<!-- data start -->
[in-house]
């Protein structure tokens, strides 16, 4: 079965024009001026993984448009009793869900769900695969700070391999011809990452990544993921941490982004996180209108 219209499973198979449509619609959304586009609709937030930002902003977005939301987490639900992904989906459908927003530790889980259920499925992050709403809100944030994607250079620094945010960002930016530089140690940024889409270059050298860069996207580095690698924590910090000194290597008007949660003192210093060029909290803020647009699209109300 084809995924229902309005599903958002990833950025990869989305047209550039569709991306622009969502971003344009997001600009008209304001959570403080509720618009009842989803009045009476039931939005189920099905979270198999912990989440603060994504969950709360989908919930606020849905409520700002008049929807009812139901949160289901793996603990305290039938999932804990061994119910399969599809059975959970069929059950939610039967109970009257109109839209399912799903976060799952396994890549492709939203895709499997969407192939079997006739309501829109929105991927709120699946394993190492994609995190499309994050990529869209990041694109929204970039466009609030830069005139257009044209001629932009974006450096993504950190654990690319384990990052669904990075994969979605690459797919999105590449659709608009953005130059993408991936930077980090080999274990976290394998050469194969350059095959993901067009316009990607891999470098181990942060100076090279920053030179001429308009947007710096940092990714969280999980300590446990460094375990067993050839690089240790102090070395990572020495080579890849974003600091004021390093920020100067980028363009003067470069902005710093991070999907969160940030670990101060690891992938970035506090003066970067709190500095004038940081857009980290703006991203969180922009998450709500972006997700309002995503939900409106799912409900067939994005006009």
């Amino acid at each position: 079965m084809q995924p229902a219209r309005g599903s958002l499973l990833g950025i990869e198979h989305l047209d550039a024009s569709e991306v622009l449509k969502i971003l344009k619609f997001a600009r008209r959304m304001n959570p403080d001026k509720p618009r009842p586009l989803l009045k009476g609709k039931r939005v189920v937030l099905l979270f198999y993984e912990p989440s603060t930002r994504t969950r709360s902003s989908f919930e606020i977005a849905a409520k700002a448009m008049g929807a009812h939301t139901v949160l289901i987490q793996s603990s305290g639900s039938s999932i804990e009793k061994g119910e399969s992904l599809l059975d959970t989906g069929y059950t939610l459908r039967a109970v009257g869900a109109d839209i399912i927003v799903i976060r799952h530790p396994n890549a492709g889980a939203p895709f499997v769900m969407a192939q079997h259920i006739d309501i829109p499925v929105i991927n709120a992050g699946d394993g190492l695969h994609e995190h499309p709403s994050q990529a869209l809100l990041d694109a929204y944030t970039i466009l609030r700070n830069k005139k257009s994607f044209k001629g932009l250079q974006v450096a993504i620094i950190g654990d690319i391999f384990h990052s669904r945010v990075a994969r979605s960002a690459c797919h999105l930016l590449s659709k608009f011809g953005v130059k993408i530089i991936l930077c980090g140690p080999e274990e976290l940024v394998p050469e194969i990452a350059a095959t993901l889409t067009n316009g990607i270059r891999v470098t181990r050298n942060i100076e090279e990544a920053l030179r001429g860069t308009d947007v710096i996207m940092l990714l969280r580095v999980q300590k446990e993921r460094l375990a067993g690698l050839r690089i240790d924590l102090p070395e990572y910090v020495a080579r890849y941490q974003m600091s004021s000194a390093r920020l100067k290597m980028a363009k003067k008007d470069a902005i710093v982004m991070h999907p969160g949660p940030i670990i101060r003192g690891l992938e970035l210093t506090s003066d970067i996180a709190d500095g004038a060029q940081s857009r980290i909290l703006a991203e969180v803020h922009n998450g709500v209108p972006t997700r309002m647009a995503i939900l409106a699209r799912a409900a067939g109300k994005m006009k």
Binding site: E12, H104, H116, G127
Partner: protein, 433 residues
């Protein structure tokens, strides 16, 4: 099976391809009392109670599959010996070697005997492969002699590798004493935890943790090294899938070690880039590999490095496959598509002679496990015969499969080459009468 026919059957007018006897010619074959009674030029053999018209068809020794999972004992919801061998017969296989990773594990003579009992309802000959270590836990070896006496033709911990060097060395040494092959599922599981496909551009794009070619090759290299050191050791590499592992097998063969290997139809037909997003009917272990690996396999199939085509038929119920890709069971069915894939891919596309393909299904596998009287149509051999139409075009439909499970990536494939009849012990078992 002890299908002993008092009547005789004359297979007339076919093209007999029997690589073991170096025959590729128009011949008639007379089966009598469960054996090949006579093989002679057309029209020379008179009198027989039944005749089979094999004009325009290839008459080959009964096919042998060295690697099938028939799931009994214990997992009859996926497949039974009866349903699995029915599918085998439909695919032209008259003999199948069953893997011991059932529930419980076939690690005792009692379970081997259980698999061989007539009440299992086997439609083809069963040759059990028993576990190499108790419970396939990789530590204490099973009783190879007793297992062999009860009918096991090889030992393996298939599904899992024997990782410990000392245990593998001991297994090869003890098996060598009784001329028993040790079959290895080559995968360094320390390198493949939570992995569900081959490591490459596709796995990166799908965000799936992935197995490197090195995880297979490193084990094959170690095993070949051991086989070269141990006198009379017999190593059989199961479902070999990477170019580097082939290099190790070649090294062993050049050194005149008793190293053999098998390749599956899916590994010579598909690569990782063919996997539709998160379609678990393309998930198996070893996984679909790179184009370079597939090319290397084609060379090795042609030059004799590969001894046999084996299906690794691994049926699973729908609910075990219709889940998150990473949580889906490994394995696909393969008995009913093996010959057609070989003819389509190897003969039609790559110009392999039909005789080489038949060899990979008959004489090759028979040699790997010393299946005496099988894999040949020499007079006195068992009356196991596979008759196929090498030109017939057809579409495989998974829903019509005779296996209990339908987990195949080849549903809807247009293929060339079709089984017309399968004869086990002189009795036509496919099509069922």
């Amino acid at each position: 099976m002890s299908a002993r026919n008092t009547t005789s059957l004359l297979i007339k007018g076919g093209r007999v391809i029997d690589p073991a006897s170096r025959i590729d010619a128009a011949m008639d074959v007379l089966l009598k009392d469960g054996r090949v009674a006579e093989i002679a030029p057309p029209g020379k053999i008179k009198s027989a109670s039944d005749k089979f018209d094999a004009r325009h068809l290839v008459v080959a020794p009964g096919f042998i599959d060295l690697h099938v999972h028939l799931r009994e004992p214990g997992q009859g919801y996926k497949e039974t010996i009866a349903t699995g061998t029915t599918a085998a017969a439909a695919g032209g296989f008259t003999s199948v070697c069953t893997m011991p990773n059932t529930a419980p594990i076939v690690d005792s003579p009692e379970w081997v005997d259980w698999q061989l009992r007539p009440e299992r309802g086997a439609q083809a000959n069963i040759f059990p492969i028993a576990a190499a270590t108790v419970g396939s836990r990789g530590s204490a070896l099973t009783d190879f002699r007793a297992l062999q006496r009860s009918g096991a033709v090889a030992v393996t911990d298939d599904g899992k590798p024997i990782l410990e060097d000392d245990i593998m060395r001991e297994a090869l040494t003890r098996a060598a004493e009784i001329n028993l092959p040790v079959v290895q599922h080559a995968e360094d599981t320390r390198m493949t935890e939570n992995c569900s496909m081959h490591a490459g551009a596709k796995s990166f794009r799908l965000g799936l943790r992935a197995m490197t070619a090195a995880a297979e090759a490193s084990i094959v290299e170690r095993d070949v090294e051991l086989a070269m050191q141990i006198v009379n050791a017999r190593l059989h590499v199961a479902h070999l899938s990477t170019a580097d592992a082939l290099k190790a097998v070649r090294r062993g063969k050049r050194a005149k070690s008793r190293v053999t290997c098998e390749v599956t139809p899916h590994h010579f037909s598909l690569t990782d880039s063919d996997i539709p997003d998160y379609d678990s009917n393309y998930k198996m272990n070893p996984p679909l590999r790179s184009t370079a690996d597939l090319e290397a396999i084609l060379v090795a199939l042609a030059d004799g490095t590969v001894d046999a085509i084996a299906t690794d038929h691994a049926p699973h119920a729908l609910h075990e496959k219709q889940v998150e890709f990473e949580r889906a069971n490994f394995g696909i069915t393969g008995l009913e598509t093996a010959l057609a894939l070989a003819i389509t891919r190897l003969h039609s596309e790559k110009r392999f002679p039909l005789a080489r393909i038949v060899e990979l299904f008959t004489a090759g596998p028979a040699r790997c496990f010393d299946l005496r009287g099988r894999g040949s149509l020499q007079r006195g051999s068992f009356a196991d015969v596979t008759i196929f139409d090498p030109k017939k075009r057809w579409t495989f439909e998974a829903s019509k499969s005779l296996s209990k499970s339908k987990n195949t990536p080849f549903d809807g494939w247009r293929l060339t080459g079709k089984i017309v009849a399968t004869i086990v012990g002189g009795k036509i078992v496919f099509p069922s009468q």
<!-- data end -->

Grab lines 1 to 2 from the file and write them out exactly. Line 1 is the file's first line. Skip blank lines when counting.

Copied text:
[in-house]
């Protein structure tokens, strides 16, 4: 079965024009001026993984448009009793869900769900695969700070391999011809990452990544993921941490982004996180209108 219209499973198979449509619609959304586009609709937030930002902003977005939301987490639900992904989906459908927003530790889980259920499925992050709403809100944030994607250079620094945010960002930016530089140690940024889409270059050298860069996207580095690698924590910090000194290597008007949660003192210093060029909290803020647009699209109300 084809995924229902309005599903958002990833950025990869989305047209550039569709991306622009969502971003344009997001600009008209304001959570403080509720618009009842989803009045009476039931939005189920099905979270198999912990989440603060994504969950709360989908919930606020849905409520700002008049929807009812139901949160289901793996603990305290039938999932804990061994119910399969599809059975959970069929059950939610039967109970009257109109839209399912799903976060799952396994890549492709939203895709499997969407192939079997006739309501829109929105991927709120699946394993190492994609995190499309994050990529869209990041694109929204970039466009609030830069005139257009044209001629932009974006450096993504950190654990690319384990990052669904990075994969979605690459797919999105590449659709608009953005130059993408991936930077980090080999274990976290394998050469194969350059095959993901067009316009990607891999470098181990942060100076090279920053030179001429308009947007710096940092990714969280999980300590446990460094375990067993050839690089240790102090070395990572020495080579890849974003600091004021390093920020100067980028363009003067470069902005710093991070999907969160940030670990101060690891992938970035506090003066970067709190500095004038940081857009980290703006991203969180922009998450709500972006997700309002995503939900409106799912409900067939994005006009």